MARGARET WARNER: So, in other words, none of this is really permeating the congressional campaigns, it sounds like, what's happening here in Washington.
THOMAS MANN: Well, it hasn't yet. What's been fascinating is that the Republicans have decided to disappear, that is, now that Newt Gingrich is gone and Denny Hastert is the speaker, to basically get out of the public's attention and let George W. Bush lead the campaign. They've done this by trying to stay out of budgetary trouble, that is, making concessions to the president, giving in, and they thought they had accomplished that, but all of a sudden, right at the end, the president says, no so fast, we have a set of disputes and I say this more in sorrow than in anger.
STUART ROTHENBERG: Yeah. You know, I think the Republicans see this as an opportunity to score points with their base by saying, look, the president vetoed a tax cut, and the president vetoed a hike in the minimum wage. The way the Democrats are going to view this is we are going to get into a fundamental argument with the Republicans over priorities and spending issues, and, not only that, but our advocate is Bill Clinton and Bill Clinton has won and won and won. He's the New York Yankees of these legislative logjams. So I think it's a question of who's right, what is this argument going to be over at the congressional level in terms of campaigns.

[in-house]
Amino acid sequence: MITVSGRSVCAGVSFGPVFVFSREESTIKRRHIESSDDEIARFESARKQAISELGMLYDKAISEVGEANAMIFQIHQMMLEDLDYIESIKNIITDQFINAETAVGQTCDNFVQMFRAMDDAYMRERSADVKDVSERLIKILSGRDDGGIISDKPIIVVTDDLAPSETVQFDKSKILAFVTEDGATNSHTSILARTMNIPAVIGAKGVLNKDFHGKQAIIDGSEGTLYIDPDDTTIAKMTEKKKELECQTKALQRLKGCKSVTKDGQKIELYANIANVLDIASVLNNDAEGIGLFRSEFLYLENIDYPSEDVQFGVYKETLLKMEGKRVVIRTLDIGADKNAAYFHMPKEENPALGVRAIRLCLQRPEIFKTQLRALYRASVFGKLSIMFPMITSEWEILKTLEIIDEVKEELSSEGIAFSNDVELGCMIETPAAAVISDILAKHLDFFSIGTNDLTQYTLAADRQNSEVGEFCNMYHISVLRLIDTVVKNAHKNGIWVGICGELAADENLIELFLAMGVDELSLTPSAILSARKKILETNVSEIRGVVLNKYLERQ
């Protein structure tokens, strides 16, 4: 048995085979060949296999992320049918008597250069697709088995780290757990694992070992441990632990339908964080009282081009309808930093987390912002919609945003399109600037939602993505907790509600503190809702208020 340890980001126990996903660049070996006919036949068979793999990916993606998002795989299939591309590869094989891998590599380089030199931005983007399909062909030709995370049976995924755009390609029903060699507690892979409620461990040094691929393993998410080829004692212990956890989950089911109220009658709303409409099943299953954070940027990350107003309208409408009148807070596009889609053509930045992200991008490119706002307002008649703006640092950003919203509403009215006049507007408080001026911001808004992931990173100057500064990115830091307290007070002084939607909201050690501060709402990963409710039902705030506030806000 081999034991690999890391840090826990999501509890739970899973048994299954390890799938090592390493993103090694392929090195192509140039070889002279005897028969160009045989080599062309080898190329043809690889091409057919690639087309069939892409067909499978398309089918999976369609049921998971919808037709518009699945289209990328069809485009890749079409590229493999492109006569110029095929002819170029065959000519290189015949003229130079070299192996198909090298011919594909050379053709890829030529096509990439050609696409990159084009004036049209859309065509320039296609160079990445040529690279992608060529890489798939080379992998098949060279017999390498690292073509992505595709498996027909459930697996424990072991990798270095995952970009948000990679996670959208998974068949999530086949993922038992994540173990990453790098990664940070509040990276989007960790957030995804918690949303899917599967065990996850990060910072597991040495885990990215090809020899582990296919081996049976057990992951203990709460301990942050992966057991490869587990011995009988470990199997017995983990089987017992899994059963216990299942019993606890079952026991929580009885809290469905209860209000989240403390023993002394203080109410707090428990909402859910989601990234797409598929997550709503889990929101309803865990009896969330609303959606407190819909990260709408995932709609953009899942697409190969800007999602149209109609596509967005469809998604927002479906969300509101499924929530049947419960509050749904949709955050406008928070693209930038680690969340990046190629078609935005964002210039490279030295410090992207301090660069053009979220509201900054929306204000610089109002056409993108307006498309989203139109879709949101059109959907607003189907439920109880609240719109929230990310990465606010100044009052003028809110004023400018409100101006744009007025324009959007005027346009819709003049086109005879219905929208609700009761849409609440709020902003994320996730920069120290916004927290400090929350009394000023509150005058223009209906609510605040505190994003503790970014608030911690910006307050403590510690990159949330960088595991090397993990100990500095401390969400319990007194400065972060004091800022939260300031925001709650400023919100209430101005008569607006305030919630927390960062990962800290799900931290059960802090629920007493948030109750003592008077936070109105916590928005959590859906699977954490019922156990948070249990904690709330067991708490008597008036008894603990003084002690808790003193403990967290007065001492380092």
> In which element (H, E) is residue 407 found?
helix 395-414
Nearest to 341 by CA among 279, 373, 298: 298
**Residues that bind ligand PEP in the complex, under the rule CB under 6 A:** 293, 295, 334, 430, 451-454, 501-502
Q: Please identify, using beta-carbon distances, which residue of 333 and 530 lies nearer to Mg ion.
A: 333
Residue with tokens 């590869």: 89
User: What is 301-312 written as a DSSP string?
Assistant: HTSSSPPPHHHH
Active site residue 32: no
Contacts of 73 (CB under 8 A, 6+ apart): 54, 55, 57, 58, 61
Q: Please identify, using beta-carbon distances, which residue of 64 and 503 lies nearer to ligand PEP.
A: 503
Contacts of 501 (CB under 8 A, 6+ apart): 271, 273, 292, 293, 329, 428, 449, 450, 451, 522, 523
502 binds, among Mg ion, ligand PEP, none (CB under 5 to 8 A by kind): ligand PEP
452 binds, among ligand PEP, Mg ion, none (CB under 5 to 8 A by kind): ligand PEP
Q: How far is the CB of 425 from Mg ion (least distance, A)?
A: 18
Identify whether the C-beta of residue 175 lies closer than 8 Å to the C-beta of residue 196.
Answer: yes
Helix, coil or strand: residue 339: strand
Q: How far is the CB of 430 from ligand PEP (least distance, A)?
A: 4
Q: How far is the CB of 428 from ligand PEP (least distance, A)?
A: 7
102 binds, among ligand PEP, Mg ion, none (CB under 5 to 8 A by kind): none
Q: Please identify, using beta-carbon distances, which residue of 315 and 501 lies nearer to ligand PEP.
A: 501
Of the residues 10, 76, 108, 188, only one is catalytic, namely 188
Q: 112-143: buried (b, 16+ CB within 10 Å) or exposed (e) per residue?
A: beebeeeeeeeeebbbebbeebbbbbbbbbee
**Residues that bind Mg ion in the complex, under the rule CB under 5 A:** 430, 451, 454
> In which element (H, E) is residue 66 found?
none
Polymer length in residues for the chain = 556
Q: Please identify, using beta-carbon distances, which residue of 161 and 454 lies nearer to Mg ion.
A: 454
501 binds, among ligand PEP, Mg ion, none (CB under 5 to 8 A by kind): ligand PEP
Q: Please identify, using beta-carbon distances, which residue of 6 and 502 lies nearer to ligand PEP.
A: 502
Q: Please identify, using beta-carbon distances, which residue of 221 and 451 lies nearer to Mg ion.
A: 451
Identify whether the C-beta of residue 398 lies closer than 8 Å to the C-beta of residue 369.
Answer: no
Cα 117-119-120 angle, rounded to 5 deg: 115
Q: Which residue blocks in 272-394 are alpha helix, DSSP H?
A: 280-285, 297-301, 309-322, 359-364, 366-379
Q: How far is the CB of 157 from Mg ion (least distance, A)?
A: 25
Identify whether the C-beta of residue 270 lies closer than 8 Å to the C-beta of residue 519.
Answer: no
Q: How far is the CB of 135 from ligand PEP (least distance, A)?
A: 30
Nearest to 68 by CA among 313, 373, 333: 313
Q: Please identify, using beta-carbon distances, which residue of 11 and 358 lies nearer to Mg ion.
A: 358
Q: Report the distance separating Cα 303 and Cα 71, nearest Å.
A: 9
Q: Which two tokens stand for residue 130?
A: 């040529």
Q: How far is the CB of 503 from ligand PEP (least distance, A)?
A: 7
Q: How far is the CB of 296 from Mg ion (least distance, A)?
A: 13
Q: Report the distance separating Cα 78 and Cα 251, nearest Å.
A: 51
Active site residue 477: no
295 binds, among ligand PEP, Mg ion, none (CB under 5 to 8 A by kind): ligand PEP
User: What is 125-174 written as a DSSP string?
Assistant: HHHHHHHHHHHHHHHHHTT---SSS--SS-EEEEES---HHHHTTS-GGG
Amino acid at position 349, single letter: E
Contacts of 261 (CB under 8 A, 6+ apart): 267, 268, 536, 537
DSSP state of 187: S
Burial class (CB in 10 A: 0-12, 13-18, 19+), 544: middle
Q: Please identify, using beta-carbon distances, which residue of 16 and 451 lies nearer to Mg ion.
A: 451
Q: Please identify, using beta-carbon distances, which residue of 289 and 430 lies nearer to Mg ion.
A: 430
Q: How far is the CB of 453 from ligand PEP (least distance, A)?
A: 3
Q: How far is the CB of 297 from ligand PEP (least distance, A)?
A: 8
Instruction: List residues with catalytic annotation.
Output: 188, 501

MARGARET WARNER: All right. Give us an idea of the landscape of, we certainly don't have time to go into a lot of individual races, but the landscape of these congressional campaigns; the Democrats need to get about half a dozen seats to gain control of the House. Do they -- what do the prospects look like?
THOMAS MANN: It's tilting right on the edge, Margaret. It could go either way. The scope of conflict is very narrow. It's probably 20 seats. There may be as many as 40 seats that are potentially moveable from one party column to the other. But we're coming down to the last hand-to-hand combat, and so what -- what the Democrats are looking for is some way of putting some national dimension into this, of underscoring differences. Republicans have been very clever this election year. They've embraced the rhetoric of the Democratic Party. They like public education. They like prescription drugs; they like HMO reform, but they are also different from this administration and will bring change through the presidential election. Now, Bill Clinton is trying to say, just one minute, there are big differences between the parties, in hopes of boosting Al Gore's candidacy and then indirectly the congressional campaign.
|What happened to impeachment?|
MARGARET WARNER: All right. But, Stuart, and maybe Tom in a way has answered this, but why -- what happened to impeachment as an issue? Just a year ago we were hearing the Republicans in the House are going to be incredibly vulnerable because of impeachment.